14 NOVEMBER 2014
We welcome and applaud the steps taken by the State government of Selangor headed by the new Menteri Besar to return the bibles seized from the Bible Society. This is an exemplary action of the MB, who at the time of his appointment stated clearly that the bibles must be returned to the Christians as they are the rightful owners. I hope this can be taken as a lesson for future reference.
In the first place, there should not be any seizure of such a book from the premises of the Bible Society, or Christian bookshop or church premises especially where there is no evidence that these books are being used to evangelise Muslims. The seized bibles were in the premises of the Bible Society and there is no evidence of evangelization using these bibles, and therefore the seizure should not have happened.
Where sensitive issues such as this emerge, it is incumbent upon the leader of the state to take the lead, in this case, the Menteri Besar. Comparing the response of the current MB of Selangor and that of the Prime Minister, I must say that the MB’s actions have put the PM to shame. As PM, he should have exerted better influence on MAIS which is under his department, but the issue remained unresolved for a long time.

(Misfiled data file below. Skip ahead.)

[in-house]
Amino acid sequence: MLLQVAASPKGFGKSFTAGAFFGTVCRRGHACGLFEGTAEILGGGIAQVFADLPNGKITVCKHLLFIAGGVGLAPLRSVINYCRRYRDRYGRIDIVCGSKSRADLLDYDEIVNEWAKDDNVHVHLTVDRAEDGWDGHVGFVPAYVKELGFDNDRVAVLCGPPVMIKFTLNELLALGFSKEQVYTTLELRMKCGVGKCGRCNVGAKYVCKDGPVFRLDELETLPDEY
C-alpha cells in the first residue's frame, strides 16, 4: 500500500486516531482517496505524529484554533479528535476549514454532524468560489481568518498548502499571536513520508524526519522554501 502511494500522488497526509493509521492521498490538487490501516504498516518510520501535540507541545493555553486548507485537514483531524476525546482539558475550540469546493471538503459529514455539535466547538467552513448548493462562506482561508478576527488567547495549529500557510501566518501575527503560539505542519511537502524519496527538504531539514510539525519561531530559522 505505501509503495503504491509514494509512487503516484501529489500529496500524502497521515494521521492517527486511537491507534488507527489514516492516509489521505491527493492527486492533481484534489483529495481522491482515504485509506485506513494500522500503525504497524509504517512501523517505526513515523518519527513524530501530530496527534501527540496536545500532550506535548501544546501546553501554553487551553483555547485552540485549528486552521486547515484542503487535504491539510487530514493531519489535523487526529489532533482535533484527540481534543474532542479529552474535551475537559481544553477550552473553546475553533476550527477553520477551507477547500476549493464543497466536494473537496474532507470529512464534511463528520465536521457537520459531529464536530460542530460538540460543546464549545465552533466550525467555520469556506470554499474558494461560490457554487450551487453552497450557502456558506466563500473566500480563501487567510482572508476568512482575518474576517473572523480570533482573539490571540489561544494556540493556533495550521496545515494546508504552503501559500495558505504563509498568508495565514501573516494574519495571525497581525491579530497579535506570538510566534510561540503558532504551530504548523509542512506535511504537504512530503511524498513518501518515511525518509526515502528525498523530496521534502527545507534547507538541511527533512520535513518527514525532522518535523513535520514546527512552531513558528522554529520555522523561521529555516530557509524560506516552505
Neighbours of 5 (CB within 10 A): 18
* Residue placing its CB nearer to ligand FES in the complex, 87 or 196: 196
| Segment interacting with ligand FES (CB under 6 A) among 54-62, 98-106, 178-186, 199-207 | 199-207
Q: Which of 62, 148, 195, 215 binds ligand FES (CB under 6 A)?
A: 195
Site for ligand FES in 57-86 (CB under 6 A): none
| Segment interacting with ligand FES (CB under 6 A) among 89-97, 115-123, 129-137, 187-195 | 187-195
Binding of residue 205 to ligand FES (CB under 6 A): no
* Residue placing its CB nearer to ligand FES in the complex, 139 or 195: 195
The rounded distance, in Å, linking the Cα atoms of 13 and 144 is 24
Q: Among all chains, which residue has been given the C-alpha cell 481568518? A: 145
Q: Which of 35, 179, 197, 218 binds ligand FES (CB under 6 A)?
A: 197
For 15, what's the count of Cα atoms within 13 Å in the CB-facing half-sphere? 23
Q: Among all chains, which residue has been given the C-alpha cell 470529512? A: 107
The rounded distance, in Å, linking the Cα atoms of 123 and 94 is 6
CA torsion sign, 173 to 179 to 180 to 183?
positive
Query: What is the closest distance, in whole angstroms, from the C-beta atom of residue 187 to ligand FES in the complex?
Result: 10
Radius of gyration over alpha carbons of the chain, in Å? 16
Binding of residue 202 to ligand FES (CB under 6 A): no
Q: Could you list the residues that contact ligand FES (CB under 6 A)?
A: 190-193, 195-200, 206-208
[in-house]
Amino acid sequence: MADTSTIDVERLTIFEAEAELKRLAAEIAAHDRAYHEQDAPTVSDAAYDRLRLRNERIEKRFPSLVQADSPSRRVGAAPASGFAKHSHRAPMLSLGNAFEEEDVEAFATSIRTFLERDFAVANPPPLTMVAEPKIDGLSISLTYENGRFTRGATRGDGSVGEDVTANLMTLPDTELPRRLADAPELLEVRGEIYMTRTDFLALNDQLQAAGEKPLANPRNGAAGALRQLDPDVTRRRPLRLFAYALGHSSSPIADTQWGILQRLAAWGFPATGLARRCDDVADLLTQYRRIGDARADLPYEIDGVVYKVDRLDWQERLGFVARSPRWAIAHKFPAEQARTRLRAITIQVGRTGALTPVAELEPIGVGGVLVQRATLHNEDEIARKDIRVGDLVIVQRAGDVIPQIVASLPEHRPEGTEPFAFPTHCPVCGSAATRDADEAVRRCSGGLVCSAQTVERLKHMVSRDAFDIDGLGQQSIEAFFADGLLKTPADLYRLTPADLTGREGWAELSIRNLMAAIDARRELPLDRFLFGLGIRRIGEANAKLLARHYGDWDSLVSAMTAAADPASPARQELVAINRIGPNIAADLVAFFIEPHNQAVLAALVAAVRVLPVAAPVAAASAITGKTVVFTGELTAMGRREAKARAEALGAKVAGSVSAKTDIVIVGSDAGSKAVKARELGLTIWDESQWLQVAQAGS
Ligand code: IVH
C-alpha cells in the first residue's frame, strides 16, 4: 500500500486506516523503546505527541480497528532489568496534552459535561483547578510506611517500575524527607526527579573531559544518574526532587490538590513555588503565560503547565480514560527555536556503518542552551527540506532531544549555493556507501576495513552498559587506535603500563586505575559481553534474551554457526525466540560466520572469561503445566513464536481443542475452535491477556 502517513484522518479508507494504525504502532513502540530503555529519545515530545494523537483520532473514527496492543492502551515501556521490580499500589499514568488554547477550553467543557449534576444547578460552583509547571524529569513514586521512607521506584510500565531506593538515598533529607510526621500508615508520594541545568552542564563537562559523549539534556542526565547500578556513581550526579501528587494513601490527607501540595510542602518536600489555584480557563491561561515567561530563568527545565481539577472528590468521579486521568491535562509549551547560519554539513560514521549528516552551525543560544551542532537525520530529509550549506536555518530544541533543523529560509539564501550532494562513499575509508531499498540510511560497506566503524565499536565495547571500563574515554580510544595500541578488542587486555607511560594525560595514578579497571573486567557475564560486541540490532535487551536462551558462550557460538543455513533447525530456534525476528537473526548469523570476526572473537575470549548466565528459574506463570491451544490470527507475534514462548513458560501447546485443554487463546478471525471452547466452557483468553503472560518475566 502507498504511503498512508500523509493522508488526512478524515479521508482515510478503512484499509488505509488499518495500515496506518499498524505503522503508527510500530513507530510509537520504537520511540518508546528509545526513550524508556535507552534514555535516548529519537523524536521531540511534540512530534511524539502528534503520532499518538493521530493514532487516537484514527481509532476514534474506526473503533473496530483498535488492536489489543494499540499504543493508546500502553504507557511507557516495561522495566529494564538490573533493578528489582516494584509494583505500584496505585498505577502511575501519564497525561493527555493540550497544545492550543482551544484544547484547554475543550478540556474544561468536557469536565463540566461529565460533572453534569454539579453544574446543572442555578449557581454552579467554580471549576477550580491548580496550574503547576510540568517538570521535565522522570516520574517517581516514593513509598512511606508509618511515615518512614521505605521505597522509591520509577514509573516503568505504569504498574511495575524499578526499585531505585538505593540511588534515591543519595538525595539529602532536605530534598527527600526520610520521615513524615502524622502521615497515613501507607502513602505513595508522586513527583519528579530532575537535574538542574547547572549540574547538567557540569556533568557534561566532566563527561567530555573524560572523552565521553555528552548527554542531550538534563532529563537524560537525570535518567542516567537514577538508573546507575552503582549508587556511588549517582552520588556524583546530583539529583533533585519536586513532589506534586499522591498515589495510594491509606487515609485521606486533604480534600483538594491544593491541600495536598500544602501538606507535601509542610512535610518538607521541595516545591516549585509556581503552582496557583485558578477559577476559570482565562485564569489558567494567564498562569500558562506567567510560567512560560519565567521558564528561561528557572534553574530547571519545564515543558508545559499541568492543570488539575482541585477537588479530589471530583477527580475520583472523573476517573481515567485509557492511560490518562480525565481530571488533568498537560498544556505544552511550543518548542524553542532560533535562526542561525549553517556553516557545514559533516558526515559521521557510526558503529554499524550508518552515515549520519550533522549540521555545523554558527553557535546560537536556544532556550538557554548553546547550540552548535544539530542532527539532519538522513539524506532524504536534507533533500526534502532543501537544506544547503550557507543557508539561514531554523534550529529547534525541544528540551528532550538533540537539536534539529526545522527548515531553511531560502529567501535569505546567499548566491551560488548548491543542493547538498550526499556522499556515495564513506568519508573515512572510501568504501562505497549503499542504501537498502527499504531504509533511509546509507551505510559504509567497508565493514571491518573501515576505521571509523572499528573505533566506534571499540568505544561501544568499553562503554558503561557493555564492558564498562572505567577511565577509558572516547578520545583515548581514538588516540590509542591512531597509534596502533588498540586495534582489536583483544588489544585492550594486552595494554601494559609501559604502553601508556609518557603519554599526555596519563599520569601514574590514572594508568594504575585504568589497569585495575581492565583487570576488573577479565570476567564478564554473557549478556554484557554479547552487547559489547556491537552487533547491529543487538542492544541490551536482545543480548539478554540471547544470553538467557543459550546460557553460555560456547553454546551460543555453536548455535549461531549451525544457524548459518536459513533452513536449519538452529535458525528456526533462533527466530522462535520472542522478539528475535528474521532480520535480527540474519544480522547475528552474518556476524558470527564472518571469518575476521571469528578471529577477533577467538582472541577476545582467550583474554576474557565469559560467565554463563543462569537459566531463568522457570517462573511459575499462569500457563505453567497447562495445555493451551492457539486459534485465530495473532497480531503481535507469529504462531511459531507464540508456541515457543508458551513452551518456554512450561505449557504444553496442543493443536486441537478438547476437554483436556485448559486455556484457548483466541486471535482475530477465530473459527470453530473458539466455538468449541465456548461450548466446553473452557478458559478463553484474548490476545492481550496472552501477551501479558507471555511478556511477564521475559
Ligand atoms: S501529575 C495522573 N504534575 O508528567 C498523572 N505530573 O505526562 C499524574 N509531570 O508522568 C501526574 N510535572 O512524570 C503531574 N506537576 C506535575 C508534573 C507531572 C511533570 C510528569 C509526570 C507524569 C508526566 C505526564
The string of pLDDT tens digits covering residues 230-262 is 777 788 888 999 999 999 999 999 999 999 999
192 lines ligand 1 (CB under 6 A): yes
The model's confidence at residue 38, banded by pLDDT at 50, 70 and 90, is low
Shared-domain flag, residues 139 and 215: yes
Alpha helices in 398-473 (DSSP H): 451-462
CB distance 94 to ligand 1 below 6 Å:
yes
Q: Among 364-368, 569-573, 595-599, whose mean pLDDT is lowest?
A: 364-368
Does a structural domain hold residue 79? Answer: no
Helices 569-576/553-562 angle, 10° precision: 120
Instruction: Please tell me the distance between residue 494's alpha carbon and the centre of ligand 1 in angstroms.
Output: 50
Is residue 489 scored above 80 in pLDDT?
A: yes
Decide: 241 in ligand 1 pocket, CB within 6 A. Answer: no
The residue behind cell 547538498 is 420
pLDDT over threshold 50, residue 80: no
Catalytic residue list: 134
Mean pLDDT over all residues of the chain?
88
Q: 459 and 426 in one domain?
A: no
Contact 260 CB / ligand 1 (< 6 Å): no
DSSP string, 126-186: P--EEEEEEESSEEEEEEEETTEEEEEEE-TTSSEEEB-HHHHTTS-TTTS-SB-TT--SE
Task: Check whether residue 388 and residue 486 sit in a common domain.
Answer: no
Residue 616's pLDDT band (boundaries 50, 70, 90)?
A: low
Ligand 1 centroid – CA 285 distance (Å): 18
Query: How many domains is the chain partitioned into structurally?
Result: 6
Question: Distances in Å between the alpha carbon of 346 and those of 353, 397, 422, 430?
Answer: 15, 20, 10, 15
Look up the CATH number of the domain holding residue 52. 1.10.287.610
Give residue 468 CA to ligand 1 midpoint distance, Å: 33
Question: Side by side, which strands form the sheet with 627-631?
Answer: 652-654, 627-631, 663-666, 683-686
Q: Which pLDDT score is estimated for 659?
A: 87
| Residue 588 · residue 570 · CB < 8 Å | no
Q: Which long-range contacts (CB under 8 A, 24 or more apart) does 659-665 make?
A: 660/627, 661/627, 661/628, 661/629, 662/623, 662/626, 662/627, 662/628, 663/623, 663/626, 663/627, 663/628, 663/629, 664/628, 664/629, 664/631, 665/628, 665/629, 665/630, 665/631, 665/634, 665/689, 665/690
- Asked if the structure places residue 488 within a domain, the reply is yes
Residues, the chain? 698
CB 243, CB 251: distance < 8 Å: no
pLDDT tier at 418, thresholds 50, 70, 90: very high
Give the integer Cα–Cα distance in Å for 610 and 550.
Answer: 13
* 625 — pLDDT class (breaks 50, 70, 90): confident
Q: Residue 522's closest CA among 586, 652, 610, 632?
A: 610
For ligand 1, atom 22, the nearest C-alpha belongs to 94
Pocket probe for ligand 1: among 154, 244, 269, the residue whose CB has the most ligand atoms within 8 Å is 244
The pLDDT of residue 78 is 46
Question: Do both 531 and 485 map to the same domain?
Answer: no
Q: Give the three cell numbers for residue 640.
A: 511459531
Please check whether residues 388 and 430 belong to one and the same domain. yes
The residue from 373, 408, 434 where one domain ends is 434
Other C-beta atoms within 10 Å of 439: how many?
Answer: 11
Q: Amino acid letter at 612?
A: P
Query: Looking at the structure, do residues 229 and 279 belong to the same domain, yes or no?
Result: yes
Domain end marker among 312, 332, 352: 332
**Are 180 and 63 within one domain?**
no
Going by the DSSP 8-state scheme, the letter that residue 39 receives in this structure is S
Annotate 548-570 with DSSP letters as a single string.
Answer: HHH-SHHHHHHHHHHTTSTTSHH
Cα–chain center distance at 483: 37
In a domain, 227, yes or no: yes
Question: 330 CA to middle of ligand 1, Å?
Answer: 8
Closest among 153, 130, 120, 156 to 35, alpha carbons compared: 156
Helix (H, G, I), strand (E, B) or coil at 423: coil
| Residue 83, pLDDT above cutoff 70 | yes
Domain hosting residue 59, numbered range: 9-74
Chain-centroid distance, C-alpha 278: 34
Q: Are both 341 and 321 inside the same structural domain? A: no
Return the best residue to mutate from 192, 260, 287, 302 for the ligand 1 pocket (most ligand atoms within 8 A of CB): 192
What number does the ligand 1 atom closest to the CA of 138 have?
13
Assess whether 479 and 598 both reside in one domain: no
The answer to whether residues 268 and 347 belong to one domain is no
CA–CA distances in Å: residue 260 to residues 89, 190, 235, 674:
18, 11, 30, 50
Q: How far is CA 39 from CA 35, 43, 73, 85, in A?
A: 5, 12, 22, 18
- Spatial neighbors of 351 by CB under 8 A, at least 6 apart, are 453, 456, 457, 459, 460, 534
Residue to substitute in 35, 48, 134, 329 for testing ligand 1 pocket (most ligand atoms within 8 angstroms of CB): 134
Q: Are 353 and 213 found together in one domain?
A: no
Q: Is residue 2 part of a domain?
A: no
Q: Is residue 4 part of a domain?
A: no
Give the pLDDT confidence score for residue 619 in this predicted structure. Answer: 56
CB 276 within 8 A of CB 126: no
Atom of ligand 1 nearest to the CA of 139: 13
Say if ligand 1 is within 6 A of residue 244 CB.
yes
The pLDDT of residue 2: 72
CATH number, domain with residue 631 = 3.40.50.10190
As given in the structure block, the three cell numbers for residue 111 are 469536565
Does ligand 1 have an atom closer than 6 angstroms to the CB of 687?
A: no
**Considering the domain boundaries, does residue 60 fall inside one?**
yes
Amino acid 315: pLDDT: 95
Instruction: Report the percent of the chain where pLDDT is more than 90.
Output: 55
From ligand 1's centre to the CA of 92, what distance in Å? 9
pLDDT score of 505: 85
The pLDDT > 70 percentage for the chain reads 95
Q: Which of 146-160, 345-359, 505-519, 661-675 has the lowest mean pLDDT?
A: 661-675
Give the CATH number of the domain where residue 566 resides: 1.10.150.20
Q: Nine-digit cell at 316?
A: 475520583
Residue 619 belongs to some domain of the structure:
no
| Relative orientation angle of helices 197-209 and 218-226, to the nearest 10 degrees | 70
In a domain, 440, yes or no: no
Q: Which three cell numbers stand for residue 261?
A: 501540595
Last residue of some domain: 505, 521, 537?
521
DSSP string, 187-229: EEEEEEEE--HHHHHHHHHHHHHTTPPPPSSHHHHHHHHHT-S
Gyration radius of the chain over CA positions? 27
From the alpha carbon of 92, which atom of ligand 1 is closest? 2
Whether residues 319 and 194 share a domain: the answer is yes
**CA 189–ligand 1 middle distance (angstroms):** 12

To my understanding, there is no restriction on the importation or publication of the bible as long as it is used in the church. For all the allegations by the extremist groups, there has been no evidence that the bibles were used to evangelise Muslims.
The more worrying incident for me is the occasion when bibles were seized in Kuching port in 2008 – this was more of a shock as it happened in Sarawak. It should not have happened and I hope it will never happen again.
I was informed that MAIS allowed the release of the bibles on condition that they are not used in Selangor, but are to be sent to Sarawak. What they must realize is that there are many Sarawakian students and workers living in West Malaysia, who have used the Al-Kitab all their lives. There are many Bahasa speaking churches there, including SIB churches catering for their spiritual needs. A blanket restriction of the use of bibles in Selangor is unconstitutional. The Selangor enactment considers it an offence only if the material is used for evangelizing Muslims. There is no offence if it is used in the church among Christians. The statement by MAIS is out of place and unlawful – I would say it was an attempt at face-saving on their part.
Together with the people of other faiths, we applaud the MB and also the Sultan of Selangor, who eventually understood the situation and consented to the return of the bibles.
ADUN N70 Ba’ Kelalan